Five lesser-known companies worth watching
Graham Spooner, investment adviser at The Share Centre, highlights five lesser-known FTSE 100 companies worth watching.
Aberdeen Asset Management
You may not invest in one of Aberdeen's funds but that doesn't mean you're not exposed to this investment house. The company was promoted to the FTSE 100 in March last year and paid a 11.5p dividend, up by 28% on the previous year.
Spooner says: "While others in the sector have struggled, Aberdeen has continued to see solid demand for its products. Money has poured into the group's emerging market and Asia equity funds."
The largest supplier of semi-conductor intellectual property isn't a household name, nonetheless its processor technology is used in 95% of the world's mobile phones and more than 25% of electrical devices.
Spooner says: "Despite the company's strong cash flow and capital structure, we're cautious of the risks posed by Intel and the health of the global economy."
Spooner says this company's products are "highly specialised but used in every day products, such as suncream, deodorants and face creams, giving a defensive element to the business".
This is the world's largest primary producer of silver and its share price performed strongly in the last six months of 2012.
"Industrial demand for silver is likely to come from manufacturers of solar panels, plasma televisions and batteries and should offset the decline experienced from the photography sector," says Spooner.
This pharmaceutical company has grown and diversified its product portfolio and geographic reach. Spooner says: "Sales of medicines for rare diseases have been benefiting the group and keeping it on track with its sales growth targets."
A market-weighted index of the 100 biggest companies by market capitalisation listed on the London Stock Exchange. It is often referred to as “The Footsie”. The index began on 3 January 1984 with a base level of 1000; the highest value reached to date is 6950.6, on 30 December 1999. The index is “weighted” by how the movements of each of the 100 constituents affect the index, so larger companies make more of a difference to the index than smaller ones. To ensure it is a true and accurate representation of the most highly capitalised companies in the UK, just like football’s Premier League, every three months the FTSE 100 “relegates” the bottom three companies in the 100 whose market capitalisation has fallen and “promotes” to the index the three companies whose market capitalisation has grown sufficiently to warrant inclusion. Around 80% of the companies listed on the London Stock Exchange are included in the FTSE 100.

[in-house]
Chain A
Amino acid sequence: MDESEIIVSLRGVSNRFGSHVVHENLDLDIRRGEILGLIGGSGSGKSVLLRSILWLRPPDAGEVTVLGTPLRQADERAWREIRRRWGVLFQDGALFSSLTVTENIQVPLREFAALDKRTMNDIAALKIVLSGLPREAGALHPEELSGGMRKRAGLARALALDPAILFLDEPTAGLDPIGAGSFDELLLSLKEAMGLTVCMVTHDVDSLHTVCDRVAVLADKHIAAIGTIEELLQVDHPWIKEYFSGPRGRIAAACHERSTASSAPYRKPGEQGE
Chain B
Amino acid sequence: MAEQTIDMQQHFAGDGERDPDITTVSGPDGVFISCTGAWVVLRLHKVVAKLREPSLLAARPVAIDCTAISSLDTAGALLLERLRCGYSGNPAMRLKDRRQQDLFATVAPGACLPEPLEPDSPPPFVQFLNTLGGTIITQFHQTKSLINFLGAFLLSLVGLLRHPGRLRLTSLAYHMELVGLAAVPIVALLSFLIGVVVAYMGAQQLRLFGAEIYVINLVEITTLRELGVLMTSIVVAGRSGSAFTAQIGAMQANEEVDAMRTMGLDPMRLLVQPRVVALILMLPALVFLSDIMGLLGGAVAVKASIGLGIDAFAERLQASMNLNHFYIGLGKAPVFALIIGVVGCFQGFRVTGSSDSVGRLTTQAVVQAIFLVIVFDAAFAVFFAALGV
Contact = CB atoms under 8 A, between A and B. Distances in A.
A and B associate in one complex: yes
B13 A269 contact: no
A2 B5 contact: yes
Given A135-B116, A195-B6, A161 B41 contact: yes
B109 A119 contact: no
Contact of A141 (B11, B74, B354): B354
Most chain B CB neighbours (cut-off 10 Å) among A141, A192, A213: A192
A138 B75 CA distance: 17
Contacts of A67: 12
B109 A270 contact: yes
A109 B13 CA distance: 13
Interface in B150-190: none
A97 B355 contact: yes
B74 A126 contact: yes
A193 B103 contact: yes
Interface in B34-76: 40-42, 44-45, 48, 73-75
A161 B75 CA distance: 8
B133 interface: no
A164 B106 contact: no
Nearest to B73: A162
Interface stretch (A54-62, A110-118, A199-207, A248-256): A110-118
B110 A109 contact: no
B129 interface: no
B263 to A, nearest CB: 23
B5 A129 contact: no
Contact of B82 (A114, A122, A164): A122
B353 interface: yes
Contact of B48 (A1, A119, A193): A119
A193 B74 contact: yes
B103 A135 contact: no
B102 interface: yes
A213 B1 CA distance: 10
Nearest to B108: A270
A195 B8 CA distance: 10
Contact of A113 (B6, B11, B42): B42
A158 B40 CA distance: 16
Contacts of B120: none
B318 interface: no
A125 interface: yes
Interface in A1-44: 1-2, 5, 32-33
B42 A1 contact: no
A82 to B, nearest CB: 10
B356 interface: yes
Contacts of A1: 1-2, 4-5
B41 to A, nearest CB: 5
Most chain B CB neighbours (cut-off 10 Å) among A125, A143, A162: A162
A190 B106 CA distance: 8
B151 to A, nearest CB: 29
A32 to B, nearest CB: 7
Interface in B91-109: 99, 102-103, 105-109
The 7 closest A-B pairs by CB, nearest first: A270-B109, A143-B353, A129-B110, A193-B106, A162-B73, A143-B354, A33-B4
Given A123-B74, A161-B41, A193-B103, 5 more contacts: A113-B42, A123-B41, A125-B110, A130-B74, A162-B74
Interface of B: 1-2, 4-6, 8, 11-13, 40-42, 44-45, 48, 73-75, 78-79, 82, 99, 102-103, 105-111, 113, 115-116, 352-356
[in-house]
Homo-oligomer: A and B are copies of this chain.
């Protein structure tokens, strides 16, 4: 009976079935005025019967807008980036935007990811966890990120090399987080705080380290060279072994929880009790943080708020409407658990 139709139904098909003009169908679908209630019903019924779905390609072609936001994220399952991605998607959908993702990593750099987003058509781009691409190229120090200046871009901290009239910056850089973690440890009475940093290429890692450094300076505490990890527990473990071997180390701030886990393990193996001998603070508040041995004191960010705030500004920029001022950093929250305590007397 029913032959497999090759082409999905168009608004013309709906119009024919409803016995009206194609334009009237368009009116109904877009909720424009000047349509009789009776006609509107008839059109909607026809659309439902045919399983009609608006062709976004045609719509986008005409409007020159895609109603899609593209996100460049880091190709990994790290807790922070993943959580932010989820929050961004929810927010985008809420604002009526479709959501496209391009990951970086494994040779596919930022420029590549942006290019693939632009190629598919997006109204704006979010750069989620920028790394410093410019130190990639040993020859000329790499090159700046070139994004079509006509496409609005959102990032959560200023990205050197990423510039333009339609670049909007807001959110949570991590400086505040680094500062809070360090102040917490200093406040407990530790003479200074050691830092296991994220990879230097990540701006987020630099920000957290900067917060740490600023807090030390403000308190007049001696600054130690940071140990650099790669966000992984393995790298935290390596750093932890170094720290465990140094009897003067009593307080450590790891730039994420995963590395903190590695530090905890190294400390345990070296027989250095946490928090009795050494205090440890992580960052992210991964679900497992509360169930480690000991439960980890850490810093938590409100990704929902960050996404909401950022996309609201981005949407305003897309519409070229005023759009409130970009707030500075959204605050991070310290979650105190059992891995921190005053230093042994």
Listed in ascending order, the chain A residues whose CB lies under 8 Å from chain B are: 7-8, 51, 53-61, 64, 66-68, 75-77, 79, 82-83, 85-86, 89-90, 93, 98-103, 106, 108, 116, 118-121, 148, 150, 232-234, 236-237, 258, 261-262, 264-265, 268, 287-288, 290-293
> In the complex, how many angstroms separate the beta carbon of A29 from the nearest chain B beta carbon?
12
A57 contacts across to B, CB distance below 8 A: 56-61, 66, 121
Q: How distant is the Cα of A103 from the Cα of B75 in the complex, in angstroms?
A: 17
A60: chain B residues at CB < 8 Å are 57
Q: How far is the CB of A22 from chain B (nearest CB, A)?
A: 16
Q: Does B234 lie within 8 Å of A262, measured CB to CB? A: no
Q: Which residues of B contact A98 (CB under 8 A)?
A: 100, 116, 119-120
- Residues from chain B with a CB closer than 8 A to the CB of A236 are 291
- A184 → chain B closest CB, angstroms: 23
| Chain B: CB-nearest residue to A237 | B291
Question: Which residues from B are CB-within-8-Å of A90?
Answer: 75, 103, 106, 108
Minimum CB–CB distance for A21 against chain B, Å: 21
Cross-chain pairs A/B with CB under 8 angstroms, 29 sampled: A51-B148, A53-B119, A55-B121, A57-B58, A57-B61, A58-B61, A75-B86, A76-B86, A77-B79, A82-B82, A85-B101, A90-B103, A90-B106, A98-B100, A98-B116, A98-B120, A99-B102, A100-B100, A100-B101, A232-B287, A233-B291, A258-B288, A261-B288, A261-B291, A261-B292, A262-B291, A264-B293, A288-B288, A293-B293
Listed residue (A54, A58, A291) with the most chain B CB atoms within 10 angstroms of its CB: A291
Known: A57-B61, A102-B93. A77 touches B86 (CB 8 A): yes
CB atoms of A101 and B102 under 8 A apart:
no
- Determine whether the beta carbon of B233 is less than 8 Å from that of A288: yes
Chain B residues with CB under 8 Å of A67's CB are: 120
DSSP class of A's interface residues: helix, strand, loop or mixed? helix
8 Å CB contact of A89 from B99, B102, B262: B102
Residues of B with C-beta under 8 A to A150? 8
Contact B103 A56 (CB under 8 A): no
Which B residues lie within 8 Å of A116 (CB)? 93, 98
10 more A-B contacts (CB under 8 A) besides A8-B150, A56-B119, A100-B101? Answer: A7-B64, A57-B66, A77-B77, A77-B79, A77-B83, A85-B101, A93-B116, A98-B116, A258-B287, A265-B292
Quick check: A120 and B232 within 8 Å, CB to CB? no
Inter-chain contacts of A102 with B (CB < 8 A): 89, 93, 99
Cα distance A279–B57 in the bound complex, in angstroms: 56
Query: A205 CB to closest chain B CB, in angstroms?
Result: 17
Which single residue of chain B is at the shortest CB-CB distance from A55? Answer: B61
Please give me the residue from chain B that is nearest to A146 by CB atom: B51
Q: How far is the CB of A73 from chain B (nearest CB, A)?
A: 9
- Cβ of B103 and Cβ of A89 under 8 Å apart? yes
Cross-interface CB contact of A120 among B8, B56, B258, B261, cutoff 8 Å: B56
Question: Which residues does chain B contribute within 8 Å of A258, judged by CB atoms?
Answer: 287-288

If you own shares in a company, you’re entitled to a slice of the profits and these are paid as dividends on top of any capital growth in the shares’ value. The amount of the dividend is down to the board of directors (who can decide not to pay a dividend and reinvest any profits in the company) and they will be paid twice yearly (announced at the AGM and six months later as an interim). Dividends are always declared as a sum of money rather than a percentage of the share’s price. Although dividends automatically receive a 10% tax credit from HM Revenue & Customs (HMRC), which takes the company having already paid corporation tax on its profits into account. Dividends are classed as income and, as such, are liable for personal taxation and so shareholders have to declare them to HMRC.